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Buchis

De heilige stier Buchis was een stierengod uit de Egyptische Oudheid. Hij werd vereerd in de regio van Thebe.

De heilige stier bekend bij de Grieken als Buchis wat in het Egyptisch werd bakh, ba-akh enz werd vereerd in het gebied van Armant en in Thebe. De stieren werden begraven als goden in een gebouw het Bucheion en dat werd in 1927 ontdekt, vanaf de Nieuwe rijk werden daar stieren begraven, tot in de tijd van keizer Diocletianis glass bottles for drinking water. De begraafplaats van de moeders van de Buchis-stieren is ook gevonden bij Armant. De cultus duurde tot 400 na Christus in de Romeinse tijd toothpaste dispenser uk, een schrijver Macrobius beschreef het ritueel.

Buchis werd geassocieerd met Ra en Osiris en zeker met Mentoe, hij werd vereerd in Thebe en in Armant en andere plekken meat mallet uses. Er was een stier op een plek die de god op aarde was. Hij werd afgebeeld op een beeld als er geen Buchis voorhanden was. Buchis leverde (net zoals andere stierengoden) een belangrijke orakel, maar de god was ook bekend om zijn helende mogelijkheden, speciaal voor het oog.

Volgens een antieke auteur Buchis was een dier met een wit lijf en een zwarte kop, de god kan niet goed van andere stierengoden worden onderscheiden. De afbeeldingen op amuletten zijn moeilijk te onderscheiden of het wel Buchis is, de god is bekend van een stele vanaf de 19e dynastie. Maar soms heeft de god een zonneschijf met twee veren op, dit refereert aan Mentoe.

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Berle Church

Berle Church (Norwegian: Berle kyrkje) is a local church community center (arbeidskyrkje) in the village of Berle in Bremanger Municipality in Sogn og Fjordane county, Norway. The church is part of the Berle parish in the Nordfjord deanery in the Diocese of Bjørgvin. The church, which can seat 210 persons, was consecrated on 3 July 1977 by Bishop Thor With. The architect Alf Apelseth from Ørsta made the designs. In 1977, Berle became a chapel district in the Rugsund parish. In 1981, Berle was transferred to the Bremanger parish. On 1 October 1999, the parish of Berle was established blade meat tenderizer. At that time, Berle chapel became Berle church.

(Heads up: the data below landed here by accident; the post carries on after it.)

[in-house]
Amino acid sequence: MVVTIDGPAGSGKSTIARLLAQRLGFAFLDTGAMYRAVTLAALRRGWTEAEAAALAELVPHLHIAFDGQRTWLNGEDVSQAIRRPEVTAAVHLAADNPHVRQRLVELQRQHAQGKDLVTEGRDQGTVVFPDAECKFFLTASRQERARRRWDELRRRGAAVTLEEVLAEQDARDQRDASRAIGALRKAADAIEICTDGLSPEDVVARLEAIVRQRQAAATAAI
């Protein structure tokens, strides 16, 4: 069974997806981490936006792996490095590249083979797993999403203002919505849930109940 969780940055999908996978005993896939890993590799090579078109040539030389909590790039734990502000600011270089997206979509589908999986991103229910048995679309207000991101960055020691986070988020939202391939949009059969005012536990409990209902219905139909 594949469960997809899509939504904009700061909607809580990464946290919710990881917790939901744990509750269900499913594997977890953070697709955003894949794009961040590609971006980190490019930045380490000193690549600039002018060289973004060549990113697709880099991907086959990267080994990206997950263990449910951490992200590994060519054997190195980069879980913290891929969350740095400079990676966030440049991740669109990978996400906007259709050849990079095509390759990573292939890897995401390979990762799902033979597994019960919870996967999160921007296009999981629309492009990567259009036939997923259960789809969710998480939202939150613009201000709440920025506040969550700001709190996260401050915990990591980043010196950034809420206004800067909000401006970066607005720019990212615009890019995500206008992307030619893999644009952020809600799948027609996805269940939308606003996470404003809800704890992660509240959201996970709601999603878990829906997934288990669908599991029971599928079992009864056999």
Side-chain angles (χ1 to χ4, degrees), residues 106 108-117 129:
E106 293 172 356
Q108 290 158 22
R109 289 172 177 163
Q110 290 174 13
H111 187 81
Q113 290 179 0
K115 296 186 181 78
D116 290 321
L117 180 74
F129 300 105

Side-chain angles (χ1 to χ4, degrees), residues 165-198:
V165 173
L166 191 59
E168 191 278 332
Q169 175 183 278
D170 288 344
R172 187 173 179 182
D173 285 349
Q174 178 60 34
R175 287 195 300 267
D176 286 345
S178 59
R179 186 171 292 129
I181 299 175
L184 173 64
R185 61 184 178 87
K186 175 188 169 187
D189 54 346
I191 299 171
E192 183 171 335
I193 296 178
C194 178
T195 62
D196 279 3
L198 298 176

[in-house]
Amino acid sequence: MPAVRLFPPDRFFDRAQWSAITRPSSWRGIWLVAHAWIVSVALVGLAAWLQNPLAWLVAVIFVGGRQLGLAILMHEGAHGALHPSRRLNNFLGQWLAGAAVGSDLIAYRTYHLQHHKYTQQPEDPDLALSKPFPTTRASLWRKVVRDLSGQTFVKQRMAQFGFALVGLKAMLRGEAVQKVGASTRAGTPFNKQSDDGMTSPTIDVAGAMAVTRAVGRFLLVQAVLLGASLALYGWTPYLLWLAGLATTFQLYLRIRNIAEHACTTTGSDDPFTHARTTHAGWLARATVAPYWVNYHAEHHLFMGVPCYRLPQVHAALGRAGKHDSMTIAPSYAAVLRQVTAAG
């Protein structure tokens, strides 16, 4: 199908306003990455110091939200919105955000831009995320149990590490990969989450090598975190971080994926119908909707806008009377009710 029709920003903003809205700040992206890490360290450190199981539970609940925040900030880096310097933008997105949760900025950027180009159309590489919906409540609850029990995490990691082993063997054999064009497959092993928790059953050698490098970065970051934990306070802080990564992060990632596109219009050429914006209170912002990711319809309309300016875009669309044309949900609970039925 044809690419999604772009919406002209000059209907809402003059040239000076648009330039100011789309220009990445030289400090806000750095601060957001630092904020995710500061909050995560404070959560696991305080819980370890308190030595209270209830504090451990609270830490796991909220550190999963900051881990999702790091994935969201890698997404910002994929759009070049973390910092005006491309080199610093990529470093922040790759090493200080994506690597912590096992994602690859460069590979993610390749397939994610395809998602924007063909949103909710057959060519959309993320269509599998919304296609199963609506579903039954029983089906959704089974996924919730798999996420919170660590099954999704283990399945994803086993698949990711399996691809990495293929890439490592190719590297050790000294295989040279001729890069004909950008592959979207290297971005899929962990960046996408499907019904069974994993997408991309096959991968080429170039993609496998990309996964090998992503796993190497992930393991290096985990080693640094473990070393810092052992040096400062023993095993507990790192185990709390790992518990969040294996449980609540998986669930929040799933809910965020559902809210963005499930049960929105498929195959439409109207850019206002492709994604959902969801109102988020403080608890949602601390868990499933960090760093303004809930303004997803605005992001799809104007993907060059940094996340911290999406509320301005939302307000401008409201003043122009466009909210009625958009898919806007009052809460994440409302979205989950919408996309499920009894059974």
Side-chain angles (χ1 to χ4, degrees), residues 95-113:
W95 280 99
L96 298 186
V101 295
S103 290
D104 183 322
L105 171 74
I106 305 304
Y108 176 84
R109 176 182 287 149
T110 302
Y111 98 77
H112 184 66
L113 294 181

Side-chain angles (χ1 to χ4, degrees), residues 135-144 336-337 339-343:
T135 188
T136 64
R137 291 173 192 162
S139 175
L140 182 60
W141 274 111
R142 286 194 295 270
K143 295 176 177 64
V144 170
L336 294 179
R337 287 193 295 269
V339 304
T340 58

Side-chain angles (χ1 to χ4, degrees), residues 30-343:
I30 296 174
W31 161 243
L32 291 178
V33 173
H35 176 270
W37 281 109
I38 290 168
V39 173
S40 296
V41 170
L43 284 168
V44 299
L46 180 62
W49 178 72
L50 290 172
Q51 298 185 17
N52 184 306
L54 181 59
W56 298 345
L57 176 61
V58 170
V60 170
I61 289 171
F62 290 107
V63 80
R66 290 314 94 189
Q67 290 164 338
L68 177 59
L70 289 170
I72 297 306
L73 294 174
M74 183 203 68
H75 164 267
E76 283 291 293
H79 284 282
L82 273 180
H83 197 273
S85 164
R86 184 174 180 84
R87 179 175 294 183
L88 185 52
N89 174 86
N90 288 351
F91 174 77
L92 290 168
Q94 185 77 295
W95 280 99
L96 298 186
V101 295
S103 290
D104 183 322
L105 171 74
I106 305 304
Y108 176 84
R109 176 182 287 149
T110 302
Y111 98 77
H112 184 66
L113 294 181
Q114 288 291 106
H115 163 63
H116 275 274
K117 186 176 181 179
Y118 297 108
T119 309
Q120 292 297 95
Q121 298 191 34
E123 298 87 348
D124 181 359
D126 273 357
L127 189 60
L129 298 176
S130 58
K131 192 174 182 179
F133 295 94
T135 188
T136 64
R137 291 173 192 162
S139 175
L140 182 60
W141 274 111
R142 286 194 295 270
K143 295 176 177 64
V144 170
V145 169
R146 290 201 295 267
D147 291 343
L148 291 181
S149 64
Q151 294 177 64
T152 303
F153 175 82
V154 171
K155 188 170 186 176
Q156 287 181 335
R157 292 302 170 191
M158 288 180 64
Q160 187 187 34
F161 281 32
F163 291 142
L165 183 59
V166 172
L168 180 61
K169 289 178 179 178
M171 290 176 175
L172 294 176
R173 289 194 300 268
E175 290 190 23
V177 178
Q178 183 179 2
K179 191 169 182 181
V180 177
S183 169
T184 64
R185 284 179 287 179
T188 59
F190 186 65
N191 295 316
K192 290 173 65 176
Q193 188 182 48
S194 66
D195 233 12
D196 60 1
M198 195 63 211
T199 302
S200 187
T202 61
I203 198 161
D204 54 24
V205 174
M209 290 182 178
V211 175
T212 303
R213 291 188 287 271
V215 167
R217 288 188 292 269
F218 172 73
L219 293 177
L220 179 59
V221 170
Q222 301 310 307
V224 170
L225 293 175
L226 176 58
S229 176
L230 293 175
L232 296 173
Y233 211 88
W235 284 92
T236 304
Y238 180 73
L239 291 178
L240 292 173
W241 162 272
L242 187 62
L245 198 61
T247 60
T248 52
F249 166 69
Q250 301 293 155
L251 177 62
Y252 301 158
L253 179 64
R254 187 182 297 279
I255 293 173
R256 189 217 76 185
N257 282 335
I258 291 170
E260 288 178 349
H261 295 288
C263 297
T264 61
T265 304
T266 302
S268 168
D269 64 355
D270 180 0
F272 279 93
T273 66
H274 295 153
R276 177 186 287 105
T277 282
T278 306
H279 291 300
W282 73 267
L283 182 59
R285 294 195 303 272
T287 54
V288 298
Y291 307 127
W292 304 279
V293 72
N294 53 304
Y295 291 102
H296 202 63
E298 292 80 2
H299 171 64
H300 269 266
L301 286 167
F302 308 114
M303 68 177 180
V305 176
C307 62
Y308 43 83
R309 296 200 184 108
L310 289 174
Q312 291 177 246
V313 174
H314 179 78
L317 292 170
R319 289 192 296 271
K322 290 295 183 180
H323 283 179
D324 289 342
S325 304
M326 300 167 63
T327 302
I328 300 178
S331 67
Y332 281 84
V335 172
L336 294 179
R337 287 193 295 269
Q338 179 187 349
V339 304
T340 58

Berle Church has obvious similarities to the Nordsida Church in nearby Stryn Municipality and the interior is designed in the same way. The chancel is separated from the nave by a simple, square altar rail. The room is light, marked by the white concrete walls and the pine-panelled slanted ceiling, with narrow windows on the sides. On the side of the main room there are partition walls to the smaller assembly room, but both rooms are used for the major church services. The small assembly room is normally used for various club activities, festive occasions, church coffees national football shirts, funerals, as well as meetings of the church council. The kitchen is also used as a baptismal vestry toothpaste dispenser uk, whereas the vicar’s vestry is located to the right of the chancel.